Eindhoven Airport is the second largest airport in the Netherlands and plays an important role in the region's economy. But the airport also causes noise nuisance for local residents, which leads to tensions between the airport and the local residents. In a few weeks, Extinction Rebellion will take action at Eindhoven Airport and demand a green and sustainable policy for Eindhoven Airport.
In 2020, a new airport decree for Eindhoven Airport will be published, limiting the growth in the number of flights and passengers. This decision was partly due to the noise nuisance caused by the airport to local residents. Nevertheless, noise nuisance remains an important theme in the relationship between the airport and the surrounding area.
According to Extinction Rebellion, Eindhoven Airport is not in order. In addition to all the air pollution, noise nuisance and health damage that Eindhoven Airport causes, they also do not have their nature permit for civil aviation in order. That is why they are taking action and have five requirements for Eindhoven Airport. Stop polluting and scrap unnecessary flights, tell the honest story, set legal climate rules and give flying a fair price.
With the success of the A12 blockade fresh in our memories, they are already hard at work with this action and are calling on everyone to participate in the action on March 25. Flying is no longer possible for Extinction Rebellion Eindhoven and more than 500 people have already signed up reported to take action at Eindhoven Airport for a fair and green future.
Local residents have been complaining about the noise nuisance from the airport for years. This not only concerns the noise of aircraft, but also sounds from, for example, the runways and the loading and unloading of cargo. Airport noise can affect the quality of life in the area and can lead to health problems such as stress, sleep disturbance and hearing damage.
Earlier, spokeswoman Judith de Roy said: “Sixty percent of the fleet must be renewed by 2030. This concerns the latest generation of aircraft, which cause much less CO2 emissions and noise. That's what we're aiming for." Eindhoven Airport has taken measures in recent years to reduce noise nuisance. For example, quieter aircraft have been deployed and noise barriers have been installed. The airport has also set up a hotline where local residents can submit complaints about noise nuisance. The activities on the ground are also being made more sustainable.
Despite this, local residents are still not satisfied. According to them, Eindhoven Airport is not doing enough to reduce noise nuisance and stricter measures should be taken, such as reducing the number of flights and moving the airport to another location. In 2023, the number of flight movements at Eindhoven Airport will be limited to a maximum of 41.500 per year.
The airport, in turn, has indicated that reducing the number of flights and relocating the airport are not options. This would lead to economic damage for the region and the airport itself. Eindhoven Airport is committed to further technological developments to reduce noise nuisance, such as developing quieter aircraft engines and optimizing flight routes.
It is clear that noise nuisance at Eindhoven Airport is a complex issue in which the interests of the airport and local residents are at odds. It is important that there is a dialogue between the airport and local residents in order to arrive at a solution that is acceptable to both parties. A solution that not only serves the economic interests of the region, but also respects the health and well-being of local residents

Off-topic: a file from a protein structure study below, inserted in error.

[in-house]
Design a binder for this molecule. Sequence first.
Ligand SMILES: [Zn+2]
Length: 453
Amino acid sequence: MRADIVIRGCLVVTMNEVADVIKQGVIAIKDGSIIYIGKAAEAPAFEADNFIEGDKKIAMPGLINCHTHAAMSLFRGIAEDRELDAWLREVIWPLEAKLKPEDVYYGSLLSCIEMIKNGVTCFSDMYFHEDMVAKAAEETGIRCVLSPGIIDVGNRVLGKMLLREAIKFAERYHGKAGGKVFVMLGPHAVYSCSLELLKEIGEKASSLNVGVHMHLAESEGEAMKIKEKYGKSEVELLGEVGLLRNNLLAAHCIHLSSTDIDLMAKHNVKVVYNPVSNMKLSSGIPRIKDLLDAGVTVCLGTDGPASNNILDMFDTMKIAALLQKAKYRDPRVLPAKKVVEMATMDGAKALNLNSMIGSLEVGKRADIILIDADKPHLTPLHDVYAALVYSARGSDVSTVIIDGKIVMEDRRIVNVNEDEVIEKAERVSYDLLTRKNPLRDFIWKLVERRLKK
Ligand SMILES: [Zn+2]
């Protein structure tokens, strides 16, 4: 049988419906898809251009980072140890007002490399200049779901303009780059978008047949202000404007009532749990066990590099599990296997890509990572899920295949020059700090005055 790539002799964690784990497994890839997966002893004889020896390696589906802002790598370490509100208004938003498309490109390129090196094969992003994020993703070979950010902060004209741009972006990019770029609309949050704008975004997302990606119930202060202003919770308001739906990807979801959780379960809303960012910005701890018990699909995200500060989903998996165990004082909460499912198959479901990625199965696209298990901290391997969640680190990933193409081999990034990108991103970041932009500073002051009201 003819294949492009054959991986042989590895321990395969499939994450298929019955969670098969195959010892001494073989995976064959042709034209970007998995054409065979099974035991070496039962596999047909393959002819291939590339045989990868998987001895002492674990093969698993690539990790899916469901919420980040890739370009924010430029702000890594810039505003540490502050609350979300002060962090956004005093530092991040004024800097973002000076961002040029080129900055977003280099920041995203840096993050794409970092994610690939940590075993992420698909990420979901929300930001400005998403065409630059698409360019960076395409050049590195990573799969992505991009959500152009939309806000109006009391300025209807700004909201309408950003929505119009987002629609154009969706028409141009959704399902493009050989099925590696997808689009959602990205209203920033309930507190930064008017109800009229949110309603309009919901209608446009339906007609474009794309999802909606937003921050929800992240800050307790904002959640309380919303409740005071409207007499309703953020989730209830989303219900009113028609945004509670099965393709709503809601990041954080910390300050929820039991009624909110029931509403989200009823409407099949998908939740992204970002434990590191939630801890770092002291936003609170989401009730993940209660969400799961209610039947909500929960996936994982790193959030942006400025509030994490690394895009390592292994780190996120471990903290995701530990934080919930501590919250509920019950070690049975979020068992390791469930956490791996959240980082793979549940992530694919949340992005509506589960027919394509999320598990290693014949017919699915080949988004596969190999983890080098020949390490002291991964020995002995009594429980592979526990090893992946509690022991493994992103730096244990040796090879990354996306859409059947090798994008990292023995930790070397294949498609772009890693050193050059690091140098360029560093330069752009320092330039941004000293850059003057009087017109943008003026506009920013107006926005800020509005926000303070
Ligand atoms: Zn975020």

According to Extinction Rebellion, we have only a few years left to contain dangerous climate disruption. Flying is a disproportionate contributor to the climate and environmental crisis and is easy to curtail. A sensible and just measure is a drastic and immediate reduction in the number of flight movements. This offers several advantages: less climate and environmental damage, better health for millions of people, more space for housing, nature and less noise nuisance. In short: a better business climate for people in the Netherlands and abroad. According to Extinction Rebellion (XR), an independent Civil Aviation Council must determine what kind of aviation we would need in the Netherlands.
This was the message from three XR rebels to Minister Mark Harbers and Aviation Director Henri van Faassen of the Ministry of Infrastructure and Water Management. Attempts to make them understand the need and desirability of rapid action often met with well-known claptraps, such as:We are already doing much, much more than other countries and are on track to meet the Paris and Europe commitments."
In reality, the one and a half degrees goals, as set in the Paris Agreement, are almost unattainable and we are currently heading for a warming of 2 degrees due to weak government climate policy. “Many people in the Netherlands want to fly and we have to listen to that, we are gradually making it more difficult to fly,Harbers said. People want to fly because it is cheap and easy and gradual change, as Harbers refers to, is in stark contrast to the UN's call for drastic change quickly. “In the EU they look at me strangely when I mention shrinkage."
Extinction Rebellion, in turn, gives the minister a strange look because he doesn't understand that we play Russian roulette with almost all life on earth. “I note that we live on two different planets in terms of urgency and speed,the minister concluded. That's exactly the problem: we only have one planet, but we live as if we had two. So the conversation went as expected. Yet they believe and hope that a seed has been planted. Extinction Rebellion indicates that it has tried again and will continue to try. “But it is crystal clear: this government is not going to save us, so we must continue with more non-violent, disruptive actions,” says Extinction Rebellion.